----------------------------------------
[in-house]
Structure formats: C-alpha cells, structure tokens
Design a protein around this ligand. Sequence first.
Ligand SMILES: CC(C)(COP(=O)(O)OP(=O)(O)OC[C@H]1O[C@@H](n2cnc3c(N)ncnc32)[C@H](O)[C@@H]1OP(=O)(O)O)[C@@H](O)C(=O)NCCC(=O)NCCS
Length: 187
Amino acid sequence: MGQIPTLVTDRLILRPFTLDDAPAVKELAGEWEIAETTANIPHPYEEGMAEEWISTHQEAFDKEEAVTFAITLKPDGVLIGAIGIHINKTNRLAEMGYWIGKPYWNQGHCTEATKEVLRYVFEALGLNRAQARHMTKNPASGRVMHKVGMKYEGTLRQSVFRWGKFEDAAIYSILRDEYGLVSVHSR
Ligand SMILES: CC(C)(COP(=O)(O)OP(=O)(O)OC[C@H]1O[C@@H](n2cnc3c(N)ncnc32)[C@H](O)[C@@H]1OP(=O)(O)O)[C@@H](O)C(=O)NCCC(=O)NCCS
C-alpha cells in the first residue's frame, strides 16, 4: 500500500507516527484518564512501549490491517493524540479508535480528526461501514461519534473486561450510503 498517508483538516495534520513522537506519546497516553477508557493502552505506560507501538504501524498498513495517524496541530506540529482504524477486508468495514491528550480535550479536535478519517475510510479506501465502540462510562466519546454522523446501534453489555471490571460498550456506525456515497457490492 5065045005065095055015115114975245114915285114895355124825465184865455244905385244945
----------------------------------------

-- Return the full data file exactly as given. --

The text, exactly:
[in-house]
Structure formats: C-alpha cells, structure tokens
Design a protein around this ligand. Sequence first.
Ligand SMILES: CC(C)(COP(=O)(O)OP(=O)(O)OC[C@H]1O[C@@H](n2cnc3c(N)ncnc32)[C@H](O)[C@@H]1OP(=O)(O)O)[C@@H](O)C(=O)NCCC(=O)NCCS
Length: 187
Amino acid sequence: MGQIPTLVTDRLILRPFTLDDAPAVKELAGEWEIAETTANIPHPYEEGMAEEWISTHQEAFDKEEAVTFAITLKPDGVLIGAIGIHINKTNRLAEMGYWIGKPYWNQGHCTEATKEVLRYVFEALGLNRAQARHMTKNPASGRVMHKVGMKYEGTLRQSVFRWGKFEDAAIYSILRDEYGLVSVHSR
Ligand SMILES: CC(C)(COP(=O)(O)OP(=O)(O)OC[C@H]1O[C@@H](n2cnc3c(N)ncnc32)[C@H](O)[C@@H]1OP(=O)(O)O)[C@@H](O)C(=O)NCCC(=O)NCCS
C-alpha cells in the first residue's frame, strides 16, 4: 500500500507516527484518564512501549490491517493524540479508535480528526461501514461519534473486561450510503 498517508483538516495534520513522537506519546497516553477508557493502552505506560507501538504501524498498513495517524496541530506540529482504524477486508468495514491528550480535550479536535478519517475510510479506501465502540462510562466519546454522523446501534453489555471490571460498550456506525456515497457490492 5065045005065095055015115114975245114915285114895355124825465184865455244905385244945